I also have no doubt in my mind that Amell’s Arrow would very likely have reruns for which he would get royalties from.
The comic version of Green Arrow would definitely argue that strikes are not a “reductive negotiating tactic.” They are a part of our First Amendment and they are a non-violent way to make change. Without strikes, how are people able to address their grievances with the companies they work for? How can we spread the news of those grievances and educate the people about what is going on behind closed doors?
There are actors, like Amell, who have themselves, families or loved ones to take care of. Some of these actors, unlike Amell, are working actors who sometimes work regular 9-to-5 jobs to survive and fund their endeavor.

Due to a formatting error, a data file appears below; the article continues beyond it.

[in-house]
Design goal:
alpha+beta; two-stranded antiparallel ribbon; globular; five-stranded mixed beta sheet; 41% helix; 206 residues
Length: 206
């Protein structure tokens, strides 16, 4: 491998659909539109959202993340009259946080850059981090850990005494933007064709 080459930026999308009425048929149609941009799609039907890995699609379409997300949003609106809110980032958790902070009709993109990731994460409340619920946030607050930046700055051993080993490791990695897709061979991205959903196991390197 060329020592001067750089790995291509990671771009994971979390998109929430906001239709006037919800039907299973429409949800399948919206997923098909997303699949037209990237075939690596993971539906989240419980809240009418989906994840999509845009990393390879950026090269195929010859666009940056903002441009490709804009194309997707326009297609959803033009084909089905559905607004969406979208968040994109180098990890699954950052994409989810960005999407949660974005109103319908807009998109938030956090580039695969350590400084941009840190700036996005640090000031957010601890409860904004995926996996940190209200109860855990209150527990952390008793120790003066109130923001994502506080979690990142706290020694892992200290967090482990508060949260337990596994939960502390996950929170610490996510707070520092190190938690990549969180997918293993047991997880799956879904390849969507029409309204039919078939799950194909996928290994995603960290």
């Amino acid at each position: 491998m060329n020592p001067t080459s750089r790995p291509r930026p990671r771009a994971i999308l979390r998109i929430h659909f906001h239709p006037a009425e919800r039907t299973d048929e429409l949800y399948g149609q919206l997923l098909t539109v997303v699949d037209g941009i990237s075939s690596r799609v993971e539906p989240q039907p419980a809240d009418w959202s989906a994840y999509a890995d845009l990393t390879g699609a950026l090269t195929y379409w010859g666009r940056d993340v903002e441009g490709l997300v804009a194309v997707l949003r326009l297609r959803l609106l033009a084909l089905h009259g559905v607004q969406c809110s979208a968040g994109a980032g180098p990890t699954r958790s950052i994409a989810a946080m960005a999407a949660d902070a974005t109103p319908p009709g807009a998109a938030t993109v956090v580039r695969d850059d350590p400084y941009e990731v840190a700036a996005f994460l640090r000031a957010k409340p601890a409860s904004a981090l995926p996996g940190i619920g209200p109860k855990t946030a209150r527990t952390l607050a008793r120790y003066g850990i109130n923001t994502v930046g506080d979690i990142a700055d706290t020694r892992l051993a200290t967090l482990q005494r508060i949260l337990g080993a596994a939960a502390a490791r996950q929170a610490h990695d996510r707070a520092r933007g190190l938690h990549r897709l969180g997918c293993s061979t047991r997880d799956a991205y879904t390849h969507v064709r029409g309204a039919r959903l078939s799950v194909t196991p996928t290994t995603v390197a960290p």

Actress Renee Felice Smith, who played Nell Jones on NCIS Los Angeles for 11 seasons was interviewed on “More Perfect Union” and explained that in December of last year, she received a letter from SAG-AFTRA stating that she was no longer eligible to get health insurance.
“What was the work for?” said Smith. “My labor lines, the pockets of these executives and to what benefit in return? Right? Okay, they’re still profiting off of my performance and I can’t even go to a GP if I have a sore throat. That’s not okay.”
Does Amell understand that there are some actors who are not as fortunate as he is? Does he understand that some actors may face the possibility of not having health insurance, like Renee Felice Smith? This is one of the reasons why the actors are striking. They are human beings who deserve to be treated fairly for doing what they enjoy: acting.